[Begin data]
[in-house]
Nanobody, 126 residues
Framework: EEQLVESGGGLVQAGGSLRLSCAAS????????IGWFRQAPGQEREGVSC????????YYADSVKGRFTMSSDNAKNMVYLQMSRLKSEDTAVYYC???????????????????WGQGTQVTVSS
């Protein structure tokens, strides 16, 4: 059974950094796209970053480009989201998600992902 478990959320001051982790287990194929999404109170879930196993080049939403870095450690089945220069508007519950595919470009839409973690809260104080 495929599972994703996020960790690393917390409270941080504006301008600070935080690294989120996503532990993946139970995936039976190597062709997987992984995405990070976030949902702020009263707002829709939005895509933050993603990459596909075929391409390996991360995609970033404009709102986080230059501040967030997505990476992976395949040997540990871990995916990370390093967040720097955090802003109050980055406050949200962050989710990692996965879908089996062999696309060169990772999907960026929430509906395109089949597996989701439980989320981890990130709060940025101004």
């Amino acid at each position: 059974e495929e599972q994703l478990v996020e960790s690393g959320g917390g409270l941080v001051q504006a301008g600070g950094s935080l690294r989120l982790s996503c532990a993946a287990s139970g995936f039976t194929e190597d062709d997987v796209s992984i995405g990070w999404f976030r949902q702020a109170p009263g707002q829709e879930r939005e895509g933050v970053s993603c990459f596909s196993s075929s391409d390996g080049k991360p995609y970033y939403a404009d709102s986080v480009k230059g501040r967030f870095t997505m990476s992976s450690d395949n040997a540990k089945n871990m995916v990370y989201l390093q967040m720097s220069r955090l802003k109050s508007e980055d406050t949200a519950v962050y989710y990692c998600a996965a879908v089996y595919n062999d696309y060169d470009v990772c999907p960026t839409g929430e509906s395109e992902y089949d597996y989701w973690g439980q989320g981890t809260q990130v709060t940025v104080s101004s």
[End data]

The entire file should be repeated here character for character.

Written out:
[in-house]
Nanobody, 126 residues
Framework: EEQLVESGGGLVQAGGSLRLSCAAS????????IGWFRQAPGQEREGVSC????????YYADSVKGRFTMSSDNAKNMVYLQMSRLKSEDTAVYYC???????????????????WGQGTQVTVSS
């Protein structure tokens, strides 16, 4: 059974950094796209970053480009989201998600992902 478990959320001051982790287990194929999404109170879930196993080049939403870095450690089945220069508007519950595919470009839409973690809260104080 495929599972994703996020960790690393917390409270941080504006301008600070935080690294989120996503532990993946139970995936039976190597062709997987992984995405990070976030949902702020009263707002829709939005895509933050993603990459596909075929391409390996991360995609970033404009709102986080230059501040967030997505990476992976395949040997540990871990995916990370390093967040720097955090802003109050980055406050949200962050989710990692996965879908089996062999696309060169990772999907960026929430509906395109089949597996989701439980989320981890990130709060940025101004």
């Amino acid at each position: 059974e495929e599972q994703l478990v996020e960790s690393g959320g917390g409270l941080v001051q504006a301008g600070g950094s935080l690294r989120l982790s996503c532990a993946a287990s139970g995936f039976t194929e190597d062709d997987v796209s992984i995405g990070w999404f976030r949902q702020a109170p009263g707002q829709e879930r939005e895509g933050v970053s993603c990459f596909s196993s075929s391409d390996g080049k991360p995609y970033y939403a404009d709102s986080v480009k230059g501040r967030f870095t997505m990476s992976s450690d395949n040997a540990k089945n871990m995916v990370y989201l390093q967040m720097s220069r955090l802003k109050s508007e980055d406050t949200a519950v962050y989710y990692c998600a996965a879908v089996y595919n062999d696309y060169d470009v990772c999907p960026t839409g929430e509906s395109e992902y089949d597996y989701w973690g439980q989320g981890t809260q990130v709060t940025v104080s101004s």